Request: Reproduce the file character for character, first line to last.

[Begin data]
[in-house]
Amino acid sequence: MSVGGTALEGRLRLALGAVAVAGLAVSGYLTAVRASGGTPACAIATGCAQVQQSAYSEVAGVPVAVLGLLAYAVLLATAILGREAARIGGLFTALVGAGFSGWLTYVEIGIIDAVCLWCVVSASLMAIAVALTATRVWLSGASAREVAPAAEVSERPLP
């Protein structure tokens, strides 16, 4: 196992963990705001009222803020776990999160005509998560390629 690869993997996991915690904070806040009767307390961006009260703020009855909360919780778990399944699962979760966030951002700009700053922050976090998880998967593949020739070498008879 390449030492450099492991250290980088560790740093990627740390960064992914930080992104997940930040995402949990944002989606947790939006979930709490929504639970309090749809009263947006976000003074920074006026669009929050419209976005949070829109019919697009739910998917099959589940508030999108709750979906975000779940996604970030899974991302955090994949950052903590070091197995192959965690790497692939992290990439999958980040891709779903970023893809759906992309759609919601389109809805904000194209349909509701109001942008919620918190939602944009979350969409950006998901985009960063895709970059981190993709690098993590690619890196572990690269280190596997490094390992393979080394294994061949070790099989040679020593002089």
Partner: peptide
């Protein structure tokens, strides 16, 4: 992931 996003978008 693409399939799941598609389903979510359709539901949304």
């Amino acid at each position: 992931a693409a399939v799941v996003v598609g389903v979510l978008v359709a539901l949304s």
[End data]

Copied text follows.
[in-house]
Amino acid sequence: MSVGGTALEGRLRLALGAVAVAGLAVSGYLTAVRASGGTPACAIATGCAQVQQSAYSEVAGVPVAVLGLLAYAVLLATAILGREAARIGGLFTALVGAGFSGWLTYVEIGIIDAVCLWCVVSASLMAIAVALTATRVWLSGASAREVAPAAEVSERPLP
């Protein structure tokens, strides 16, 4: 196992963990705001009222803020776990999160005509998560390629 690869993997996991915690904070806040009767307390961006009260703020009855909360919780778990399944699962979760966030951002700009700053922050976090998880998967593949020739070498008879 390449030492450099492991250290980088560790740093990627740390960064992914930080992104997940930040995402949990944002989606947790939006979930709490929504639970309090749809009263947006976000003074920074006026669009929050419209976005949070829109019919697009739910998917099959589940508030999108709750979906975000779940996604970030899974991302955090994949950052903590070091197995192959965690790497692939992290990439999958980040891709779903970023893809759906992309759609919601389109809805904000194209349909509701109001942008919620918190939602944009979350969409950006998901985009960063895709970059981190993709690098993590690619890196572990690269280190596997490094390992393979080394294994061949070790099989040679020593002089």
Partner: peptide
């Protein structure tokens, strides 16, 4: 992931 996003978008 693409399939799941598609389903979510359709539901949304």
């Amino acid at each position: 992931a693409a399939v799941v996003v598609g389903v979510l978008v359709a539901l949304s």